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Drunk drivers have only selves to blame for tougher laws
You'll still be able to have a glass of wine with dinner or a beer with your pizza, but you'd better monitor your drinking a little closer if the National Transportation Safety Board has its way.
The federal safety board recommended that states cut the drunken driving threshold from .08 to .05, a move that has cut drunken driving by half in the decade since it was enacted in Europe.
The NTSB can't directly force states to change the law, but pressure applied through federal highway funding can accomplish the same end, as it did in the 1980s and 1990s, when the drinking age was raised to 21 and the blood alcohol level was lowered to .08.
It seems to have worked; 21,000 people were killed in drunken-driving accidents in 1982, 48 percent of highway deaths, compared to fewer than 10,000 deaths today.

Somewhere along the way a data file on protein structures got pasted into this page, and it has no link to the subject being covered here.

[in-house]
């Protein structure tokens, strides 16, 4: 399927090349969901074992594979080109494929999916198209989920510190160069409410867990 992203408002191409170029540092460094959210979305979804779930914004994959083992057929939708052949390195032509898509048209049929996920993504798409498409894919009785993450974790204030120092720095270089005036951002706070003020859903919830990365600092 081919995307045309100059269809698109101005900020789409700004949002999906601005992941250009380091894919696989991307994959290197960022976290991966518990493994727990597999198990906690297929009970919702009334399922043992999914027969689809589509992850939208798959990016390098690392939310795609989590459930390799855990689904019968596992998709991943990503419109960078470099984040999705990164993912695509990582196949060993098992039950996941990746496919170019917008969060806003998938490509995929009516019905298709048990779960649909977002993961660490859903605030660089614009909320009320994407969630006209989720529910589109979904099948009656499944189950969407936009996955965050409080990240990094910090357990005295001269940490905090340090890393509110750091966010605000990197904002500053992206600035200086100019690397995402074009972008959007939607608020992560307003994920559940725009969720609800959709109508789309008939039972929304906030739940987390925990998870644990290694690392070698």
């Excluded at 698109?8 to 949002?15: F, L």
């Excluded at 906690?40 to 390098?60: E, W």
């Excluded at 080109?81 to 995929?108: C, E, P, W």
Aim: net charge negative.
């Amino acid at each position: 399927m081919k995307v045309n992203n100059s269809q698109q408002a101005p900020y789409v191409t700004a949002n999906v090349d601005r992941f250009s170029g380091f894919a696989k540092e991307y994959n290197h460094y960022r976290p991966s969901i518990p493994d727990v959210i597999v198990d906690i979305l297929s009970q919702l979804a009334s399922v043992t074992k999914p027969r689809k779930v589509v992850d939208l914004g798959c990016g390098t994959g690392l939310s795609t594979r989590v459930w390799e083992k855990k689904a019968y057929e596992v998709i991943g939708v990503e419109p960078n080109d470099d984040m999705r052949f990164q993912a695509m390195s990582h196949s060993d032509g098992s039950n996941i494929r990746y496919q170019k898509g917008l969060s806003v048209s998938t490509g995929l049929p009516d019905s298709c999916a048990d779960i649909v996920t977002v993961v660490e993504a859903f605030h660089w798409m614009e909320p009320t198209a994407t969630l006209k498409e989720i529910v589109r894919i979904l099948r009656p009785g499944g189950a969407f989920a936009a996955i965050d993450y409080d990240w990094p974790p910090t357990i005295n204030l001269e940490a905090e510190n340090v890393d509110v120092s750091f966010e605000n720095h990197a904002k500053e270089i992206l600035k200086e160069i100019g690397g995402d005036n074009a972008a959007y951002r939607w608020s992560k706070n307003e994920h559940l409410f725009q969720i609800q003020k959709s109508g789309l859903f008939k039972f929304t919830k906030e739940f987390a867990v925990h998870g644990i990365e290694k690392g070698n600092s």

An insurance group estimates than more than 7,000 deaths would have prevented in 2010 if all drivers had a blood alcohol content below .08 percent.
But the lower alcohol level was only one of the recommendations the NTSB made. It also called for increasing use of ignition interlock devices -- only about a quarter of drivers ordered to use the devices actually end up doing so -- and additional research into technology that can detect whether a driver has elevated blood alcohol to prevent the car from starting.
Another recommendation is increased use of "passive alcohol devices" by police, devices built into flashlights or contained in cellphone-like devices that, when pointed at a driver, will alert police when alcohol is suspected.
The increasing use of electronic monitoring, ignition interlocks and remote alcohol sensors seems like a threat to civil liberties, but such measures wouldn't be an issue if drivers would stay off the road when they've had too much to drink.